Mexico Still ‘Major’ Hemispheric Narco-State; Cartels Expand Reach
March 20th 2012 · 5 Comments
Mexico remains “both a major transit and source country for illicit drugs reaching the United States” and the Mexican government “faces significant challenges to reduce drug trafficking, stem violence, build institutional capacity, and strengthen the rule of law,” according to the US Department of State Bureau of International Narcotics and Law Enforcement Affairs’ 2012 International Narcotics Control Strategy Report (INCSR).
The INCSR was prepared in accordance with requirements under the Foreign Assistance Act of 1961. The 2012 INCSR, published this month, covers calendar year 2011 and is published in two volumes, the second of which covers money laundering and financial crimes.
The report states that Mexico’s transnational criminal organizations (TCOs) account for approximately 95 percent of the cocaine flow to the United States that transits the Mexico-Central America corridor from its origins in South America.
“Mexico is also a major supplier of heroin, marijuana and methamphetamine to the United States,” the INCSR states. “Mexico is also a source and destination for money laundering activity, and the US attorney general estimates that 64,000 of the 94,000 weapons recovered in Mexico over the last five years were traced from origins in the United States.”
“Since 2008,” according to the INCSR, “Mexican smugglers have significantly expanded their presence in Central America. Land corridors through Central America and Mexico are now the most significant transit routes for cocaine from South America. While the United States remains the primary destination for illicit drugs trafficked via Mexico, Mexican TCOs are expanding their operations in Latin America, the Caribbean and Europe. Trafficking routes continue to evolve due to increased government interdiction and the TCOs’ efforts to supply these growing markets.”
While the State Department said “Mexico continues to aggressively combat drug trafficking, apprehending key TCO leaders and associates and seizing narcotics, weapons and bulk cash,” it also noted that “as government successes continue to affect the TCO’s narcotics-driven profits and drain their resources, they are increasingly turning to traditional criminal activities such as kidnapping, extortion, trafficking-in-persons, and domestic retail drug sales. As of October 2011, Mexico was on track to surpass 13,000 drug-related murders for the year, a 20 percent rise over the 11,583 committed in 2010. Notable declines in violence in the city of Ciudad Juarez were countered by increases in the states of Nuevo Leon, Tamaulipas, Veracruz and Guerrero.”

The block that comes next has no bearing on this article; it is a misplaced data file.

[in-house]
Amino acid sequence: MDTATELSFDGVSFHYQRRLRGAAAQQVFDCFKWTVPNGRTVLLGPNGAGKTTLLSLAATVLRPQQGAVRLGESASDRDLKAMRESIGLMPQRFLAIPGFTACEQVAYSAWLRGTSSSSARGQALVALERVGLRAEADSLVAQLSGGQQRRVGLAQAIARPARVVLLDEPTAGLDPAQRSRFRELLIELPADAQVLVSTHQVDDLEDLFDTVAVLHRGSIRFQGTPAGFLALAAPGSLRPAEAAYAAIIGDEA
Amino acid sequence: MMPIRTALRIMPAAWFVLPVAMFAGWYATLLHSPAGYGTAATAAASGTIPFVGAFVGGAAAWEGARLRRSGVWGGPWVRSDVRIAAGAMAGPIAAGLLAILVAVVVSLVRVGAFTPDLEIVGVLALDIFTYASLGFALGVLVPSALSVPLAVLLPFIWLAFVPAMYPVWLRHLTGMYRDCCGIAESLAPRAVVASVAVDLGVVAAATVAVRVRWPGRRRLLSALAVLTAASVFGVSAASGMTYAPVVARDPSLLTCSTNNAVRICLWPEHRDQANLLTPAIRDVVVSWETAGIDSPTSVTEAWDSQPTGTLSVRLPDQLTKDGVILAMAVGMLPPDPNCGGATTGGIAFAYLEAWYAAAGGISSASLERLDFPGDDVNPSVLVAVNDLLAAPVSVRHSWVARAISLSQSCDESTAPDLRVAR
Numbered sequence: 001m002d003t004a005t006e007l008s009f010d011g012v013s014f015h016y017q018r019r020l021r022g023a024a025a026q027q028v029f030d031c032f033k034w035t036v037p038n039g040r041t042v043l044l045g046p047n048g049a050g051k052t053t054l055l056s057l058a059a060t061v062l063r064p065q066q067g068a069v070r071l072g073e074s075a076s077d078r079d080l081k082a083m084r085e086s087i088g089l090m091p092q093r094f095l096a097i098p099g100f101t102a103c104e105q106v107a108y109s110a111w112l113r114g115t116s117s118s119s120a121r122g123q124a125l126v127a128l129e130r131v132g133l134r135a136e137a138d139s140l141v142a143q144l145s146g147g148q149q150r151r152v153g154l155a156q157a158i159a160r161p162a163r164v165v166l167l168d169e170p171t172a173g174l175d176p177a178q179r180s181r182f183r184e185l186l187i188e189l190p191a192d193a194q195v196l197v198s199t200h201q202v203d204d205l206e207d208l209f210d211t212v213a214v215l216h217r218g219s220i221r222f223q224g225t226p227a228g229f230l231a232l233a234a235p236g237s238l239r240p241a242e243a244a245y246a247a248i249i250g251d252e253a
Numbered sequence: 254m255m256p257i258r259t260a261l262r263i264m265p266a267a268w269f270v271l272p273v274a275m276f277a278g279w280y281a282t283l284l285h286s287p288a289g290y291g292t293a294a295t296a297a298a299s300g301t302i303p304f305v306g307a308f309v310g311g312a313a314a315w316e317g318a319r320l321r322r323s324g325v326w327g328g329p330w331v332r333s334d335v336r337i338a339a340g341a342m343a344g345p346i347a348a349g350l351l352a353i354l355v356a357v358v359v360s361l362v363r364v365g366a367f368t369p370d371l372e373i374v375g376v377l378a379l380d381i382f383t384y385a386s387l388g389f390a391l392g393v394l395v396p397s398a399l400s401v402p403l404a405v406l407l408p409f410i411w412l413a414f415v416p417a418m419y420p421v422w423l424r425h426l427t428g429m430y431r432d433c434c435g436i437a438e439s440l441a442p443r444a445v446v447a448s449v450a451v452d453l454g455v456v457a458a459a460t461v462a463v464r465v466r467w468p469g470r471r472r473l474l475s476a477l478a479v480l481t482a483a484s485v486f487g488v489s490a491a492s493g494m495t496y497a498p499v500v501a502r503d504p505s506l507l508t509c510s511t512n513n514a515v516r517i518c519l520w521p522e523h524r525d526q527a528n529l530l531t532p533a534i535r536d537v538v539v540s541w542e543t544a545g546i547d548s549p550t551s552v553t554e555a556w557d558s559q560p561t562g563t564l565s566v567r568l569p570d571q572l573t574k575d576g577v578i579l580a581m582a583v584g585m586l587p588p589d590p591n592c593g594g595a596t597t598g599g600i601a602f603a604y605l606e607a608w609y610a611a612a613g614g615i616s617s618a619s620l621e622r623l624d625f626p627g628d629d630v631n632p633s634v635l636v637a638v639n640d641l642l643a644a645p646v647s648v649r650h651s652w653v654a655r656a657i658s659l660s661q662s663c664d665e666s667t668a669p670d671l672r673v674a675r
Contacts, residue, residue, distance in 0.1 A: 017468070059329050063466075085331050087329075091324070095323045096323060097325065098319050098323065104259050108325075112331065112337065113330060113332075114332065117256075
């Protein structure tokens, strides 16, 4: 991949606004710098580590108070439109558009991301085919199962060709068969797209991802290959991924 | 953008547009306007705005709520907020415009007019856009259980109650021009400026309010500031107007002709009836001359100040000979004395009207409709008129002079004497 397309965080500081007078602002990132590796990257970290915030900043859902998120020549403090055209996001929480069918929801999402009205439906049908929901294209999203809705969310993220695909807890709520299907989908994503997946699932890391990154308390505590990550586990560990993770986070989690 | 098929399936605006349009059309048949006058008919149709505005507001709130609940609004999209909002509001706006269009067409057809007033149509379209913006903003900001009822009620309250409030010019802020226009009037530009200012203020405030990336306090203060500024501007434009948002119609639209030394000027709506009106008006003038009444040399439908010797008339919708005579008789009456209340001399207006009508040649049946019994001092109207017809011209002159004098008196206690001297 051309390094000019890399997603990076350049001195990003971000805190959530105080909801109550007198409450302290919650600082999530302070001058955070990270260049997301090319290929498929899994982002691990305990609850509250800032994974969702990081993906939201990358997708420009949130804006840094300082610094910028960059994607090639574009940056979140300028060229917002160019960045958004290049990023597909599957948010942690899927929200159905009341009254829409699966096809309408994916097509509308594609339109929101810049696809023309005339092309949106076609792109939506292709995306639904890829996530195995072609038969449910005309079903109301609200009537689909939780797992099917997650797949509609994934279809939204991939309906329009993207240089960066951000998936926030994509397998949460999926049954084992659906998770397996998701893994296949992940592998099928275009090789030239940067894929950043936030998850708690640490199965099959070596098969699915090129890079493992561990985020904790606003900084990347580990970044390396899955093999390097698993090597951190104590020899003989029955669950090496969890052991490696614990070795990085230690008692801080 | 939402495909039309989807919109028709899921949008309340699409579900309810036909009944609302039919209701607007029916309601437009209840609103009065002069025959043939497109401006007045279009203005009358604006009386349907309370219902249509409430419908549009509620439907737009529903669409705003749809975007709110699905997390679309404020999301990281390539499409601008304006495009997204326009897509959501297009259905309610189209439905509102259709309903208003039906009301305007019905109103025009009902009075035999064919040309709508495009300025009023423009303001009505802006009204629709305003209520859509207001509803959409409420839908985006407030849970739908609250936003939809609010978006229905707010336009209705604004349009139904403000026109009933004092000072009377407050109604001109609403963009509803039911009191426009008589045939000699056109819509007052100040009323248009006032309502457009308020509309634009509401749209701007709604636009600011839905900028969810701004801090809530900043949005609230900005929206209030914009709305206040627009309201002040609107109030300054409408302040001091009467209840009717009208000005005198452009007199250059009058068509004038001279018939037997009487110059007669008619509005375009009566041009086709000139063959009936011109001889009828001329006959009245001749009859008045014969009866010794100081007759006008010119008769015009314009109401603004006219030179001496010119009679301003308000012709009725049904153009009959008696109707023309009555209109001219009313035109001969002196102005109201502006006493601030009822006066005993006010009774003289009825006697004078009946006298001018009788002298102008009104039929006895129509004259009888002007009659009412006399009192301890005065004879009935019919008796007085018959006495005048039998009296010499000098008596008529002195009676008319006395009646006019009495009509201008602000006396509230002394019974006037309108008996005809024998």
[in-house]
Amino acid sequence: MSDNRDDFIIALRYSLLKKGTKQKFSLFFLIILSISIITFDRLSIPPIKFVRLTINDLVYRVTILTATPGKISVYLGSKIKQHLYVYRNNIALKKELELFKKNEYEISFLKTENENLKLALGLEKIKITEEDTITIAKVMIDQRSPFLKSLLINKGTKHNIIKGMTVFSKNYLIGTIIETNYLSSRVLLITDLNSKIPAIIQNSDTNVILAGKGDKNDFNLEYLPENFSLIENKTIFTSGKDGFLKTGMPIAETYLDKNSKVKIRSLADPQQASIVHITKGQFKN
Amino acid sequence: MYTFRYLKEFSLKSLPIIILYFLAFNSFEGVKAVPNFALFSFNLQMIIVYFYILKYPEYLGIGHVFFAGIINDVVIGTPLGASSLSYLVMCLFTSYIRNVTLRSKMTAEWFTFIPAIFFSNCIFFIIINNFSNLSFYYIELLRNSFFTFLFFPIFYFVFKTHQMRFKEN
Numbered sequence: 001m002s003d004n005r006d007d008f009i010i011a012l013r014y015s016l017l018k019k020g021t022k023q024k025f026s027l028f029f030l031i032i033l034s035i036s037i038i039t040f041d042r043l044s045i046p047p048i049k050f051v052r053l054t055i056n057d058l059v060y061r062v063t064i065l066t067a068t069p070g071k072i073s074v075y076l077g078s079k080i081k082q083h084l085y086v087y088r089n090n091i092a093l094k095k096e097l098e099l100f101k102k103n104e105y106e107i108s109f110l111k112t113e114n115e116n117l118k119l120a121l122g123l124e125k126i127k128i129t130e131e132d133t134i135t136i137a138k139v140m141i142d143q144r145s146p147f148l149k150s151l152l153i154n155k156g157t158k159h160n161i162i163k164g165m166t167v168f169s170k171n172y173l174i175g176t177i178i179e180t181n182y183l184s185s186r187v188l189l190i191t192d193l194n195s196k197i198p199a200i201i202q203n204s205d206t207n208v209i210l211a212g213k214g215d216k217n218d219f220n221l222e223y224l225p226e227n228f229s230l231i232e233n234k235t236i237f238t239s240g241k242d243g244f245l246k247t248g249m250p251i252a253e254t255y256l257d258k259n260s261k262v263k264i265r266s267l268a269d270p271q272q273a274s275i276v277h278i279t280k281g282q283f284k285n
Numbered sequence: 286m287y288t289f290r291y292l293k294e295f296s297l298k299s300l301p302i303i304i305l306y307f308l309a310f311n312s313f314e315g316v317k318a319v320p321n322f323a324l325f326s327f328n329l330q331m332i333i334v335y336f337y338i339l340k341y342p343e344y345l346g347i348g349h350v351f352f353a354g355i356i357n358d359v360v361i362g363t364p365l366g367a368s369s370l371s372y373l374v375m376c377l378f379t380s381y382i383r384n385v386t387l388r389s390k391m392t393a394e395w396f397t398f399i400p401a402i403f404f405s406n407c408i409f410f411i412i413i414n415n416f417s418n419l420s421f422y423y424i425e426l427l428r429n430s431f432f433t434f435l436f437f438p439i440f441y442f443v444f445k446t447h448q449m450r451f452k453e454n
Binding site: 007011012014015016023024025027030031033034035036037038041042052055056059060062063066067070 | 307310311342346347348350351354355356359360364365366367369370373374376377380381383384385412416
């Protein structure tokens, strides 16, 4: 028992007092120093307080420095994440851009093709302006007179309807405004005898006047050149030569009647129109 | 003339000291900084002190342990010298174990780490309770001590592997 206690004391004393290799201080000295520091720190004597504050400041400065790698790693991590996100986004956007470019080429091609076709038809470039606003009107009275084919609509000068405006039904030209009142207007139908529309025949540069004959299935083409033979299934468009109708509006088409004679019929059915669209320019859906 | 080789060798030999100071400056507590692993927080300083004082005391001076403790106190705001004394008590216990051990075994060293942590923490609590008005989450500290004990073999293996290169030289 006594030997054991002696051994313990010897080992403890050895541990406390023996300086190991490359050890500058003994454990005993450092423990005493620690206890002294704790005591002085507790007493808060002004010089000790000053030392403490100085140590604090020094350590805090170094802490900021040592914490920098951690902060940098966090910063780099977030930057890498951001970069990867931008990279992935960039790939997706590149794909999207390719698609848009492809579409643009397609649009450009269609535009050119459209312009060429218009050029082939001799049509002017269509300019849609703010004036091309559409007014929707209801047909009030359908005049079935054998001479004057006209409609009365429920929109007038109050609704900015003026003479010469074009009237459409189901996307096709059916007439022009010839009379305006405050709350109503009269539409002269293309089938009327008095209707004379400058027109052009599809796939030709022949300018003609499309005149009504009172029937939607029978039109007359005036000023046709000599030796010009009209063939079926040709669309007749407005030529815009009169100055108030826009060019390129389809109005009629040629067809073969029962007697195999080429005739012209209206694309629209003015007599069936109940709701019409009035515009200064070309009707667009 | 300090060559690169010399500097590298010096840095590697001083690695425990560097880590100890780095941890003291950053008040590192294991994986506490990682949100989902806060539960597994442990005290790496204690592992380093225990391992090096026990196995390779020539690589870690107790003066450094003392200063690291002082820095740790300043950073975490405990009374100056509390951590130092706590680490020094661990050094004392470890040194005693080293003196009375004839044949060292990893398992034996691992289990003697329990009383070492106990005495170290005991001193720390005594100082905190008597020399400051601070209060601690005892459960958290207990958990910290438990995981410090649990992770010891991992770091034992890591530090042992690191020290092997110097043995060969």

It’s the State Department’s position that “the government of Mexico’s effort to capture or kill TCO leadership has resulted in multiple fractured organizations that fight over lucrative trade routes and seek to intimidate or control communities by killing or torturing security personnel, journalists and government officials.”
Coupled to increased border enforcement and counter-drug operations by the United States that has thwarted TCO cross-border smuggling and other criminal enterprises, Mexico’s cartels are becoming increasingly more violent and willing to confront US law enforcement, as Homeland Security Today has reported.
Despite Mexico’s “progress in its efforts to dismantle TCOs and their leadership,” the State Department said, “violence continues, domestic production and consumption of illegal narcotics increases, and illicit narcotics from South America pass through Mexico en route to markets in the United States.”
“For its part,” the INCSR says, “the United States continues to enhance programs on its side of the border to curb US domestic drug demand and inhibit the flow of arms and cash across the border into Mexico. The battle against organized crime requires a holistic approach, and the United States remains committed to working with the government of Mexico to strengthen the rule of law and the capacity of Mexican governmental institutions.”
The major illicit drug producing and/or drug-transit countries were identified as Afghanistan, the Bahamas, Belize, Bolivia, Burma, Colombia, Costa Rica, the Dominican Republic, Ecuador, El Salvador, Guatemala, Haiti, Honduras, India, Jamaica, Laos, Mexico, Nicaragua, Pakistan, Panama, Peru and Venezuela.
Of these countries, Bolivia, Burma and Venezuela have been designated as having “failed demonstrably” during the previous 12 months to adhere to their obligations under international counternarcotics agreements.
Countries and jurisdictions identified to be major sources of precursor or essential chemicals used in the production of illicit narcotics are Argentina, Brazil, Canada, Chile, China, Germany, India, Mexico, the Netherlands, Singapore, South Korea, Taiwan, Thailand and the United Kingdom.
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